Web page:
The Black Friday 2010 Dilemma: Shop Now or Forever Pay More?
If you're burnt out on Black Friday before it even begins — or just plain hate the thought of braving the crowds — it's tempting to wait until Cyber Monday or later in the holiday shopping season to snag some deals. Rest assured, retailers are playing the discount game until New Year's, but does it pay shop in stores on Black Friday or just buy online?
See our latest video coverage of Black Friday fun:
For many, shopping Black Friday is a tradition. Camping out in a parking lot, or arriving well before dawn with family members or friends in tow is part of the package. Nothing can dissuade you from your Black Friday fun.
For the rest of us, it comes down to the best deals, mostly revolving around doorbusters available early in the morning in limited quantity. Many retailers are offering the same deals both online and in-store deals, but if you see an advertised doorbuster that really gets you going, you'd better get going to the store.
The absolute best stuff for sale on Black Friday are those limited quantity doorbusters, and when retailers say "limited quantity," they really mean it. Some stores get as few as four such items per store to give out, so it's imperative you be among the very first in line to score the item. And with very few exceptions, most notably Macy's, these are only available online.
After that, it doesn't really matter much if you're online or present in the store.
According to Greg Ahearn, senior vice president of marketing and e-commerce at Toys 'R' Us, the toy retailer begins its Black Friday sale at 10 p.m. Thanksgiving night, and continues straight through Friday for the two day sale, regular Sunday deals kick in for the last day of the weekend leads into the Toys 'R' Us two-day sale, which then leads into Cyber Monday.
It's a lot to keep track of, but the bottom line is this, if you're shopping Toys 'R' Us, or another large retailer this weekend, you'll find nearly all the deals in stores available online. Waiting for Cyber Monday is a thing of the past.
In fact, Cyber Monday as a shopping event refers to the days when consumers would return to work after the long weekend and start shopping from their computers, because work was where they had access to computers. Some businesses even went so far as to designate time during the day for authorized online shopping, or set up computer terminals for those without.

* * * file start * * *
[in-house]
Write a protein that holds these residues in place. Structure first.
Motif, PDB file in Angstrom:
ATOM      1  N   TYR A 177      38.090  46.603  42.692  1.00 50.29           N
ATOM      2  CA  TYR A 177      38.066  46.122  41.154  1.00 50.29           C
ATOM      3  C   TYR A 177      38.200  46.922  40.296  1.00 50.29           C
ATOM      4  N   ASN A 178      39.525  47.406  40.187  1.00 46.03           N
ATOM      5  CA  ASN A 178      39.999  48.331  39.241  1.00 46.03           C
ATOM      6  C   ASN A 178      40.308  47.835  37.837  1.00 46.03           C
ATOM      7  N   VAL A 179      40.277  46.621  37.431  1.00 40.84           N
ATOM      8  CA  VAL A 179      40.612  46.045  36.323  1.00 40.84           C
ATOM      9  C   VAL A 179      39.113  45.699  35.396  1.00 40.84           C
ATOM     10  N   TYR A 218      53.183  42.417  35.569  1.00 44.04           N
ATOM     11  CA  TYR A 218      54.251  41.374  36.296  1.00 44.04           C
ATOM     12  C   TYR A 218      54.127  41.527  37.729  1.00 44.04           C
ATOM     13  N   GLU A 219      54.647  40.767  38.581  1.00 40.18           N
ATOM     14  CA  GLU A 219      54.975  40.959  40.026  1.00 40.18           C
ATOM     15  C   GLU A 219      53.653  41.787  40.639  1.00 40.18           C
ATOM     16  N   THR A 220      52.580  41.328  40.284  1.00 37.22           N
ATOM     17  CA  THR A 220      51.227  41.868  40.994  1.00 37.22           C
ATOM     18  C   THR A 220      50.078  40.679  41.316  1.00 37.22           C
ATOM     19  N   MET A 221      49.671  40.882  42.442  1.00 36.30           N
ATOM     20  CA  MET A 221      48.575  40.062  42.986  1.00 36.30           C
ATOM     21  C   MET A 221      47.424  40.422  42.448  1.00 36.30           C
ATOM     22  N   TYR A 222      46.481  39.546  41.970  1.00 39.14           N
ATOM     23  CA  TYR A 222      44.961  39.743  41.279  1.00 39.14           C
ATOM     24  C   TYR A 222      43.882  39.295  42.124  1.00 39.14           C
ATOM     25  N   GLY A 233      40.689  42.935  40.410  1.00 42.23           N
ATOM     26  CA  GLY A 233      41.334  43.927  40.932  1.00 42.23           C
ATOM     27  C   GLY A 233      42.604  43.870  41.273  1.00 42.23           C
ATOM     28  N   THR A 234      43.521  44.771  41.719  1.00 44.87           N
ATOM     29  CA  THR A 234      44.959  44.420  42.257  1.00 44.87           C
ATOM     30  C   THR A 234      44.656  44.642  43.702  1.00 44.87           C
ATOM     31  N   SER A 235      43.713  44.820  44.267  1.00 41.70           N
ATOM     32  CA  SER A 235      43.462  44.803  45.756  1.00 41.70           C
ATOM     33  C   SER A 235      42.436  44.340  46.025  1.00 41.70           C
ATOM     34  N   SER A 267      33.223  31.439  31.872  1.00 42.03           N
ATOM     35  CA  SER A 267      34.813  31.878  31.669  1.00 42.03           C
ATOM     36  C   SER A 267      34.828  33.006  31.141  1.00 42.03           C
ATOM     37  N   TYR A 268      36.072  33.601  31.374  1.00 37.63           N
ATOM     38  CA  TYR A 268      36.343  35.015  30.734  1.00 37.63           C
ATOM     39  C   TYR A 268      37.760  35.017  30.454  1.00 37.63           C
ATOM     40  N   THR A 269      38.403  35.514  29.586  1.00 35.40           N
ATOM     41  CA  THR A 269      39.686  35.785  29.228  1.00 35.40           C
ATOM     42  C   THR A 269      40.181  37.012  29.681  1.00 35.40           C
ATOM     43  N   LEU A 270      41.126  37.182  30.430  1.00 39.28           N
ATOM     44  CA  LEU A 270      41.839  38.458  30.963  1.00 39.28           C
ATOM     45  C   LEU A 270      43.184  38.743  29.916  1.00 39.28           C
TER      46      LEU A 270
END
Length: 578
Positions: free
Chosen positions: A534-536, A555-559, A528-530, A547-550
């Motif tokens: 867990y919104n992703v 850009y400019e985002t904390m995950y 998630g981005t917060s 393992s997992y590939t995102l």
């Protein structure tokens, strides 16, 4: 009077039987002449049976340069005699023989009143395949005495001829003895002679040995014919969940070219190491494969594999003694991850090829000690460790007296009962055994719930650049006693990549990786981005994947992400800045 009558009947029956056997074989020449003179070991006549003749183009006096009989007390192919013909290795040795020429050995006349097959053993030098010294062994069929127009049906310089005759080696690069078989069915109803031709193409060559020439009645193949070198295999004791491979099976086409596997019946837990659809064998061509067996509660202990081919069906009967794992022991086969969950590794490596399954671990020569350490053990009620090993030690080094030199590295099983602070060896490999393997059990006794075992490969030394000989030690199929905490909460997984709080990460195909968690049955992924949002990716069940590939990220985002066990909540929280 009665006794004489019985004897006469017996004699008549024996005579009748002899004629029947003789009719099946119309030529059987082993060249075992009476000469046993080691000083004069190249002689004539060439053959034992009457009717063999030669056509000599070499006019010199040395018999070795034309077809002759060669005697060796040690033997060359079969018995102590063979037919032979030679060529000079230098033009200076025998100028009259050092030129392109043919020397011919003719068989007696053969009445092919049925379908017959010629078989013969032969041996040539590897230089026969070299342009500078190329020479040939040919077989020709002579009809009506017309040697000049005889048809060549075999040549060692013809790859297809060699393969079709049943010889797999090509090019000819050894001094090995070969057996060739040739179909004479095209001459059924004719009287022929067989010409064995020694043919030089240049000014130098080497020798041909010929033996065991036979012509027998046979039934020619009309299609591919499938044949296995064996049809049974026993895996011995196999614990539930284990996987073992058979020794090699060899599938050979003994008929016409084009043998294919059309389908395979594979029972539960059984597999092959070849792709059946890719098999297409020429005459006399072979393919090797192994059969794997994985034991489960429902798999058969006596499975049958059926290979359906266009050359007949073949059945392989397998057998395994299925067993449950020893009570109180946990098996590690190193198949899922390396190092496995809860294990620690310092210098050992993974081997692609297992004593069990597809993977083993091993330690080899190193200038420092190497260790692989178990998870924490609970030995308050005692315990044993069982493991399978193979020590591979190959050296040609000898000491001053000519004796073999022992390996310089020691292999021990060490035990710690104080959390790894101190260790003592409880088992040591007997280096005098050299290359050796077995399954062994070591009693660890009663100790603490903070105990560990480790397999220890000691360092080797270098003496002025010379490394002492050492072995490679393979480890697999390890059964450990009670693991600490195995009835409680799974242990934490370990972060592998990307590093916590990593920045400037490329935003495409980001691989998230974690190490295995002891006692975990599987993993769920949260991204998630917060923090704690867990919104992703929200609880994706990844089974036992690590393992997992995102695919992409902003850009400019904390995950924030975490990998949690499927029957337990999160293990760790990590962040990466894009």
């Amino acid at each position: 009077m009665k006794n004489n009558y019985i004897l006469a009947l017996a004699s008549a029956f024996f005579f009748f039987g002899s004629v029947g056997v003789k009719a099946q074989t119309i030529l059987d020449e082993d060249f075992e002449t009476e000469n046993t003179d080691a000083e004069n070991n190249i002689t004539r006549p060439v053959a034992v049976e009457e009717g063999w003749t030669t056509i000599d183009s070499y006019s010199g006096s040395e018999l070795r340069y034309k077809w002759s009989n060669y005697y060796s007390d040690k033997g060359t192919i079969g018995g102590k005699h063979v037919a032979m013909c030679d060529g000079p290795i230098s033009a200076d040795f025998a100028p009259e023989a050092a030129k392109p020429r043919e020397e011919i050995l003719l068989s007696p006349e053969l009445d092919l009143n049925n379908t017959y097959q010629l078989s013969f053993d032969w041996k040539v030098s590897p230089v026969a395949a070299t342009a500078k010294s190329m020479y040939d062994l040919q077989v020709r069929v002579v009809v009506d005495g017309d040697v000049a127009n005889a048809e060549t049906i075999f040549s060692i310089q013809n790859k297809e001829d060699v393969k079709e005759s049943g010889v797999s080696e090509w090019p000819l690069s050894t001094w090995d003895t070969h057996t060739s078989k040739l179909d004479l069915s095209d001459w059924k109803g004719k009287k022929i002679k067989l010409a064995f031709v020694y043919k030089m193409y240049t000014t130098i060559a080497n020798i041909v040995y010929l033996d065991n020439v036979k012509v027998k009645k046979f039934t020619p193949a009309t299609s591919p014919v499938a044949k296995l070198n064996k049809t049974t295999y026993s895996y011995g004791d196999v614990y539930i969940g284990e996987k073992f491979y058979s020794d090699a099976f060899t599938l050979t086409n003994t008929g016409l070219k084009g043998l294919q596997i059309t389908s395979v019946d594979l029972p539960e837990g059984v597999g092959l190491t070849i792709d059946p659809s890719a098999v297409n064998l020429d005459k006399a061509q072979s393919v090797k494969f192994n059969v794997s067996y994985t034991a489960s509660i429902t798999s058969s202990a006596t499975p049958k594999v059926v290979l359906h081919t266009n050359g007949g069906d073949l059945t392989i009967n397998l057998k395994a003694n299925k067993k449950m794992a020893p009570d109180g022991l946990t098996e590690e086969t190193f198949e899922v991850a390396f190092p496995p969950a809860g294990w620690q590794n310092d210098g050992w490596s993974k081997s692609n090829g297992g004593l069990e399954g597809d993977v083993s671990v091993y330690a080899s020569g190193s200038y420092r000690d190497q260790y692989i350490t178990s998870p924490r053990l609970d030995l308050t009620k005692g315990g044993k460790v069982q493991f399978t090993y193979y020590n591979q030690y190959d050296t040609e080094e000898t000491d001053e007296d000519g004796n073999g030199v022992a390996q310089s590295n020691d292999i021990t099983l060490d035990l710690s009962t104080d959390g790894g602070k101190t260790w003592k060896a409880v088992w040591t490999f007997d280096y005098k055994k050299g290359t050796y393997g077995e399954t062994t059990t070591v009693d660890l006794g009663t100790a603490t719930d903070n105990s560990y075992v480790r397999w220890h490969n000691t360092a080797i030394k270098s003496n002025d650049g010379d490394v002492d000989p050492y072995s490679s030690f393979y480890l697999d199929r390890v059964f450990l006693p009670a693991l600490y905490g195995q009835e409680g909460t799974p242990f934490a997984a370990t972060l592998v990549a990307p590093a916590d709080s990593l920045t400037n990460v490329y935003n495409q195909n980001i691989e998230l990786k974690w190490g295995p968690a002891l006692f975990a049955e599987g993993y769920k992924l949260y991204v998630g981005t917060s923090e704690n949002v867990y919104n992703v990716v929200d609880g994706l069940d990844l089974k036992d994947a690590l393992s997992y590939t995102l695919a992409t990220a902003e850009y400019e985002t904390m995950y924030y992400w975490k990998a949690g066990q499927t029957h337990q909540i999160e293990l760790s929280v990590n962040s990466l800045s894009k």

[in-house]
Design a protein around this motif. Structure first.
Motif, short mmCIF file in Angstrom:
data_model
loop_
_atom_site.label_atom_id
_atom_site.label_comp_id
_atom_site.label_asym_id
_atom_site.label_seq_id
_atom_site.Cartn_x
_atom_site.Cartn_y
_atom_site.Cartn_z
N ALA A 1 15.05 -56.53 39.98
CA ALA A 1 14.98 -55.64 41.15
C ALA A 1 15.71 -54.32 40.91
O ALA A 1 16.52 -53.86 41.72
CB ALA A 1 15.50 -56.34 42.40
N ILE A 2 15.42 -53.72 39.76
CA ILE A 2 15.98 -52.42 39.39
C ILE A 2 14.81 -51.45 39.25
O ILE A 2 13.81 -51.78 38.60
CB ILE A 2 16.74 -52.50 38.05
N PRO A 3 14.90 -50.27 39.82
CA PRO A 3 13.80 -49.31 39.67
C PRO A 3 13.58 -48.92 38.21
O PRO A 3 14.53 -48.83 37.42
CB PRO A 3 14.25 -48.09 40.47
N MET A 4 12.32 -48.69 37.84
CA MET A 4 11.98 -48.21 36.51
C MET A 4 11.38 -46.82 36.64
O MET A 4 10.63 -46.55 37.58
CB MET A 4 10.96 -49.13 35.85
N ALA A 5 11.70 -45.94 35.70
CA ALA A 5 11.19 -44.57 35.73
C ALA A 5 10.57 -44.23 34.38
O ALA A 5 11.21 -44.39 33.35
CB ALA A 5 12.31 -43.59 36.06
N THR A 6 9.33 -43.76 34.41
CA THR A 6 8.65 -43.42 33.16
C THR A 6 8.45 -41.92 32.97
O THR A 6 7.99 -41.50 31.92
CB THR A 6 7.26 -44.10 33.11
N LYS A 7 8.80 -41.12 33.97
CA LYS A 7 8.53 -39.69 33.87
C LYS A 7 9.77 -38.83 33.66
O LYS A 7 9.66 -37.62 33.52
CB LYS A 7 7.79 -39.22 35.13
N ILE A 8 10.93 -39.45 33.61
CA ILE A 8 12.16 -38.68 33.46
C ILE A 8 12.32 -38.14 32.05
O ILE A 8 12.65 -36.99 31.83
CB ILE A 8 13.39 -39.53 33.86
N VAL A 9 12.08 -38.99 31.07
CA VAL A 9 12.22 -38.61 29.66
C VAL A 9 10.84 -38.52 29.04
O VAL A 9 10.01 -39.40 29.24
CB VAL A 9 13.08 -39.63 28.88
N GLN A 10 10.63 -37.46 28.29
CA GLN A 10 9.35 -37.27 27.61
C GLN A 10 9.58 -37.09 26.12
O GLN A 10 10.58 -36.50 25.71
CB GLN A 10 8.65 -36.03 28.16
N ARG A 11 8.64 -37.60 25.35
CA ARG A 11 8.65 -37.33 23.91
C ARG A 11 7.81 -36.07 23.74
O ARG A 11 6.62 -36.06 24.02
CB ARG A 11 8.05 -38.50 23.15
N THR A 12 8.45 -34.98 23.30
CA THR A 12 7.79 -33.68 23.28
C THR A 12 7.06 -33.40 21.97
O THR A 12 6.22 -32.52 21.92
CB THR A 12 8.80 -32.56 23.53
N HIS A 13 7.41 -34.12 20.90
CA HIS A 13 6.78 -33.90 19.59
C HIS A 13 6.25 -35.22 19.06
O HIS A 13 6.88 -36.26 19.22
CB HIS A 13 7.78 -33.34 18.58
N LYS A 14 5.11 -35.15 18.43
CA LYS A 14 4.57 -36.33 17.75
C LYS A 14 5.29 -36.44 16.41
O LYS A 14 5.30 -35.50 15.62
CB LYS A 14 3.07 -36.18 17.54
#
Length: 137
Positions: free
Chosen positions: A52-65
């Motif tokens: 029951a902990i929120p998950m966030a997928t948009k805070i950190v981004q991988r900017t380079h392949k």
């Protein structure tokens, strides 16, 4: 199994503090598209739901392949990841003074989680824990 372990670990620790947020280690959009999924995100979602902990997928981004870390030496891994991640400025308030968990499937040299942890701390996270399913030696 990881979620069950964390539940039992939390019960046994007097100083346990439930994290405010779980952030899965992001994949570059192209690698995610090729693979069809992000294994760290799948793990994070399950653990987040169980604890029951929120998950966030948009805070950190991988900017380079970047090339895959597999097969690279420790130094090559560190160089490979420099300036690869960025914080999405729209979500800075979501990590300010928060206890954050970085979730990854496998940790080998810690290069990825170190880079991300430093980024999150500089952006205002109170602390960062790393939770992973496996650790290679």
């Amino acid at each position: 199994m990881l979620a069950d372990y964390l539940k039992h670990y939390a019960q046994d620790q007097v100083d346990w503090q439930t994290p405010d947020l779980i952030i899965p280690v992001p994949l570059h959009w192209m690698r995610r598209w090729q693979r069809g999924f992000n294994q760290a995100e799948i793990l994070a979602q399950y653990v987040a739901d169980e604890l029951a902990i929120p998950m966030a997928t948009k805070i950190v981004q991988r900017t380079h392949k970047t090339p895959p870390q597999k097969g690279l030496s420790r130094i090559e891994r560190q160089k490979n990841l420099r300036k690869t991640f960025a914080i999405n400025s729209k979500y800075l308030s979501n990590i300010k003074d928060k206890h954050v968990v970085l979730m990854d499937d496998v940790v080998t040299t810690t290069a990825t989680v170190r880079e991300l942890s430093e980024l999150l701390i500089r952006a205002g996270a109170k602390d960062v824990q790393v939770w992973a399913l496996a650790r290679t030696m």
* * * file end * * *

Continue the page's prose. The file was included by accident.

But it's a different world today and a majority of people have some kind of Internet access either at home or on their person, in the form of a smart phone. We can shop practically anywhere all the time, and this is reflected in a falling off of interest in Cyber Monday.
If shopping online is your preference look for free shipping offers from the likes of Amazon.com, Walmart, Target (for orders over a certain amount), Office Depot, and others/
At Toys 'R' Us, Cyber Monday starts at 12:01 a.m., making it easy to access limited quantity items before anyone else is at their desks, although none seem as compelling as the Black Friday event. For example, Cyber Monday shoppers will get a 120 count box of Crayons with a $25 Crayola purchase. Black Friday shoppers get a similar box plus a coloring book for free with every purchase, in stores and online.
Bottom line: Every day is Cyber Monday this weekend and there's really no reason to wait to shop online, and unless doorbusters are your thing, stay in and enjoy the comforts of home.
Laura Heller is a freelance writer based in Chicago who specializes in mass market retail trends and consumer electronics industries. You can follow her on Twitter @lfheller. You can also sign up for an email alert for all dealnews features.
For more great Black Friday coverage:
- Black Friday Ads
- Black Friday 2010 Predictions
- The Facts Behind 15 Black Friday Myths
- Toys Over $50 Hit Endangered Species List
- Behind the Scenes of Black Friday Ad Leaks
- Cyber Monday Needs a Makeover
- Black Friday Survey Results and Shopping Tips
- Pillow Pet Kung Fu Battle Against Fakes
- Store Return Policies
Photo credit: Toys 'R' Us via Flickr